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BB_454

76 Firebird

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My sister has a 76 Firebird she would like to fix up, its got a 400ci motor, I think it would be good to set it up with fuel injection, should be more streetable, better fuel economy and the fact its going to be different from what everyone else would go with. Any suggestions as to what vendor to go with? I looked at Holley, I didnt see a kit for a pontiac, would a chevy sb kit work? So much I dont know about this stuff I guess. Thanks

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I haven't seen what's involved part-wise with the Holley FI kit, if it involves an intake manifold (which I don't see how it couldn't, then no; a SBC kit will not work on a Pontiac motor. Chevy & Pontiac V-8 parts do not interchange.

A good-condition & well-tuned 4bbl set-up is in no way less 'streetable' than a FI set-up- take it from a guy with as many miles under his belt in carb'd vehicles as FI.

Check:

http://www.nitrostreet.com/efi.html

http://www.amesperf.com/

or ask on the boards at:

www.classicapontiac.com

www.performanceyears.com

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I haven't looked into it lately, but the Holley Pro-jection setup was a throttle body type EFI and used the existing manifold back when I was considering it. Whatever system you go with has to be a match with the engine though - I wouldn't try to fudge it, you'll likely be sorry if you do.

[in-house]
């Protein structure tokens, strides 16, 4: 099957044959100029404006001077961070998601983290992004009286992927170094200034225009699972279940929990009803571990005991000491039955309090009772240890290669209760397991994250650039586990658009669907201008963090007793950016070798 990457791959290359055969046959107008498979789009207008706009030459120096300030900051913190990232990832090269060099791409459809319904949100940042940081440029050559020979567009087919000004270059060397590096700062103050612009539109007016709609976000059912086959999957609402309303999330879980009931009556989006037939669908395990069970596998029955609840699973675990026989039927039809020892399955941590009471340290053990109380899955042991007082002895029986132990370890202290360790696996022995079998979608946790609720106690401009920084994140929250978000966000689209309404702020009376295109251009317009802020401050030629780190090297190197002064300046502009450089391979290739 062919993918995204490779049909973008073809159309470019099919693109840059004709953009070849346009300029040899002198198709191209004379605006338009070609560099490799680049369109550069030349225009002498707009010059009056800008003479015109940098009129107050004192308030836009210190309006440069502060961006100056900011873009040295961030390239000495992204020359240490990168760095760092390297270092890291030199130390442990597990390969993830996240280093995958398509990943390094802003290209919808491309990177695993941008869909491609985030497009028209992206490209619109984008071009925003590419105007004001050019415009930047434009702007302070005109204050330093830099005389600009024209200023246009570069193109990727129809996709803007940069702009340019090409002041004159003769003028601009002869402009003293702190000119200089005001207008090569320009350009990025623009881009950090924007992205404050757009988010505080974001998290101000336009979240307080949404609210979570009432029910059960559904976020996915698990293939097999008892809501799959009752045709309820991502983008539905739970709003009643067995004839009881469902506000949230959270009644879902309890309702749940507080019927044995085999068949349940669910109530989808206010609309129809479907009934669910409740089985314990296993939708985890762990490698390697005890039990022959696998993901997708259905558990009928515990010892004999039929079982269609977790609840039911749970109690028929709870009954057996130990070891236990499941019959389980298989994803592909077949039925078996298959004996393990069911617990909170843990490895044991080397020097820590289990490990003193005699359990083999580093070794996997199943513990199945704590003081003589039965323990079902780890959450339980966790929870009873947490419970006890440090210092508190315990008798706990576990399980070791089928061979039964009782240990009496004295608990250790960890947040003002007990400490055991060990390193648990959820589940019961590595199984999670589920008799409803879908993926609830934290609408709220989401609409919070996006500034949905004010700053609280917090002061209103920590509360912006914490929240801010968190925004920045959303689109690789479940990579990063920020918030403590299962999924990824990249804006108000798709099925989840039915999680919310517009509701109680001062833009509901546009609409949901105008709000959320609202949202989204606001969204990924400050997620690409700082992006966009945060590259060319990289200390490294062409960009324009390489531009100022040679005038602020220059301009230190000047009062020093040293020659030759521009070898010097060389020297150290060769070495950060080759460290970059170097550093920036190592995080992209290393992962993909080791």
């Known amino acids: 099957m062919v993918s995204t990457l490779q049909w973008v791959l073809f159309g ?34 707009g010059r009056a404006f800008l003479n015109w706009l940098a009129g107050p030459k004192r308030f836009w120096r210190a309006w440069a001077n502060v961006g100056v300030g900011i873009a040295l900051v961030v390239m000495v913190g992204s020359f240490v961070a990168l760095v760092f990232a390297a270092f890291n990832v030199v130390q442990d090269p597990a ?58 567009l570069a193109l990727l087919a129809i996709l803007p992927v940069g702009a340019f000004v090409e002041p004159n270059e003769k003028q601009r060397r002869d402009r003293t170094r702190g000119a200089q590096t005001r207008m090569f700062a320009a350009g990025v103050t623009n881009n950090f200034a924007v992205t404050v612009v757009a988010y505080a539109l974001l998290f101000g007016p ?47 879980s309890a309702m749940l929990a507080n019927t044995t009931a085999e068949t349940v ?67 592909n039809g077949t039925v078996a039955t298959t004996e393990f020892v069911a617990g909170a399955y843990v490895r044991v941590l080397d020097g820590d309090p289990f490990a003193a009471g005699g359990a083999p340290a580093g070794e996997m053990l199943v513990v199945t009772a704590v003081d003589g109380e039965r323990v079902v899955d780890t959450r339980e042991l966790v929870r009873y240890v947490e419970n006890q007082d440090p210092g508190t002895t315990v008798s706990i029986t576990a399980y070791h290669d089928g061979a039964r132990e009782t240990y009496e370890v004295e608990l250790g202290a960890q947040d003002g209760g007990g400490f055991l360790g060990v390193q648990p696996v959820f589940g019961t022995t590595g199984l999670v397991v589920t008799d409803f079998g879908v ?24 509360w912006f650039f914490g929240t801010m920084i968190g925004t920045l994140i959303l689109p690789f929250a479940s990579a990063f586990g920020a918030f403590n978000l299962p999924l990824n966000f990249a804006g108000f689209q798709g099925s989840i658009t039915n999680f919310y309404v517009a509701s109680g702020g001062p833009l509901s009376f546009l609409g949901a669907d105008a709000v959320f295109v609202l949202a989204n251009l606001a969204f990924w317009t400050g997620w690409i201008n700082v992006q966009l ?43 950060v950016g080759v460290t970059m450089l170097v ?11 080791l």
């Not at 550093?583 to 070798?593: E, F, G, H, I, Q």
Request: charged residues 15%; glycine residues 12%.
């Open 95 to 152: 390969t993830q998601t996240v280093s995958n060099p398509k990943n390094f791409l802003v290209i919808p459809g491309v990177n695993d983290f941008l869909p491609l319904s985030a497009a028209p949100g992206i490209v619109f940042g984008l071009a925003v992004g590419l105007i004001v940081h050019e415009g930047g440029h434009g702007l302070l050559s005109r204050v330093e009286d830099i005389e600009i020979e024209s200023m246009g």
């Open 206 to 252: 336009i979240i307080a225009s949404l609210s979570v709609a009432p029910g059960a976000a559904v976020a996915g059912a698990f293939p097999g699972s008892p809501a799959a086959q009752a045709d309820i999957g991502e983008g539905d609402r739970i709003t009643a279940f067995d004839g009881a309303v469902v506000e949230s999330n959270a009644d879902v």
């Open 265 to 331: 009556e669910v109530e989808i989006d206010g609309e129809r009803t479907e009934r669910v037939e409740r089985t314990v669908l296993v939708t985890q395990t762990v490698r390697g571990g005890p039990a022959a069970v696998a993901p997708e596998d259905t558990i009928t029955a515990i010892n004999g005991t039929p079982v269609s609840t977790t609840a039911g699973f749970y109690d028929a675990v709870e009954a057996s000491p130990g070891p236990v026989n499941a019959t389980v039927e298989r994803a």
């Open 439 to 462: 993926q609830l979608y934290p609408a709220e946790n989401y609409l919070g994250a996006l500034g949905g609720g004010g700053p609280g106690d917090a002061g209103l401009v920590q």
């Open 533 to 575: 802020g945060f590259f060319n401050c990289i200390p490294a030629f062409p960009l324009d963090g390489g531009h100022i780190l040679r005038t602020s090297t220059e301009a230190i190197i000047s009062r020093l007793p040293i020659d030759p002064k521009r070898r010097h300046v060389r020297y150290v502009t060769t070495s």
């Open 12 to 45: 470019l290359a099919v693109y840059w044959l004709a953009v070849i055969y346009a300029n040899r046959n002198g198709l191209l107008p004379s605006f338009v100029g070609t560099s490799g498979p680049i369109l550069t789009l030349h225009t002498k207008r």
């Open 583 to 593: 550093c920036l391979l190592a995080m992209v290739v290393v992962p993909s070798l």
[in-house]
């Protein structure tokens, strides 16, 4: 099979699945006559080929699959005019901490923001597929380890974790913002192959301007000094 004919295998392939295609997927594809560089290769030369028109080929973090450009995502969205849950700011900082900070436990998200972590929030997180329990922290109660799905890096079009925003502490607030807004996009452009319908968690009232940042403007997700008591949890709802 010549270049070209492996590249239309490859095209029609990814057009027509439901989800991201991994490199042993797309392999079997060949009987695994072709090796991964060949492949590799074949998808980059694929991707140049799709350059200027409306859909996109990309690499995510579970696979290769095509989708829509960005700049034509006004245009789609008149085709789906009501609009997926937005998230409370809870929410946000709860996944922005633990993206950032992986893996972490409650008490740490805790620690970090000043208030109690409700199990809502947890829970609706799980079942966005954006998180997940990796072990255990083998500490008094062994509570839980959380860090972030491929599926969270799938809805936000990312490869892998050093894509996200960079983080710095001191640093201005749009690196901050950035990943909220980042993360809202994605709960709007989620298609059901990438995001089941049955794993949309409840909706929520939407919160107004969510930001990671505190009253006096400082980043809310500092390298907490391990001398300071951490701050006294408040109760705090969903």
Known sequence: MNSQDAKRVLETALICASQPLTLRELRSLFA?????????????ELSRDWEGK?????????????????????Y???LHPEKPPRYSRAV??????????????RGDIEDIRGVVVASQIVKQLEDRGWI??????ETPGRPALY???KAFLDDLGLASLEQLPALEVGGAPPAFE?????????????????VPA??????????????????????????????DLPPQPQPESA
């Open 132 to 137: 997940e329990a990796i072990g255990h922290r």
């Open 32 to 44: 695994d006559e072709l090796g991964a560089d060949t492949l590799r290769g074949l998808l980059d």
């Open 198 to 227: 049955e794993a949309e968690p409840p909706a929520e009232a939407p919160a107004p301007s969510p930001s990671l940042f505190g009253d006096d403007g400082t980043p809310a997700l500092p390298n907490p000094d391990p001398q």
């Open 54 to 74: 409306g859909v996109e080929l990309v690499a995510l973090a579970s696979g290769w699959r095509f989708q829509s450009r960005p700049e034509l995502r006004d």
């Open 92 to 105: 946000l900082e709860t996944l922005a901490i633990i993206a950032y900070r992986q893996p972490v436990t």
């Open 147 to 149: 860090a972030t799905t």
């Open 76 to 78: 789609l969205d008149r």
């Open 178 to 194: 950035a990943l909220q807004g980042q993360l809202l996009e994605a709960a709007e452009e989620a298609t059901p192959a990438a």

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I'm not as "techy" as some of these others but 76 Firebird caught my eye. The 75 and 76 F-Birds were the best looking ever, IMHO.

I'm a purist. Stay with the carb. that came with it. I don't think a 400 c.i. from PMD was ever mated to TBI, but a 350 probably has been...and my thought would be that only Chevrolet ever did that match up (their small block V8 + TBI). If you did make the switch, you would want to stay with a similar (GM compatible) system and do some looking around to see if a big block Pontiac V8 could accommodate it.

Also, what state are you in? You know that some states (especially out West) are real touchy about modifications which impact emissions. However, I would think a single port TBI system ought to be inherently cleaner running than anything with a carburetor.

Good luck! That is a fine looking vehicle.

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The only Pontiac motors with FI were in '57-58. There are no more Pontiac V-8s after '81- the rest were Chevrolet/corporate motors.

I was thinking more of PFI; TBI should be doable on a PMD intake. You need to tap into the enthusiast base (because a few undoubtedly have done it) and you will get your answers. Again; it's really not overly cost-effective or of particular benefit unless your sister is going to hold on to her 'bird for many many years. There's a mountain of advice & experience available making a carb system work like butter & extremely little retro-fitting TBI to a PMD mill. Your choice.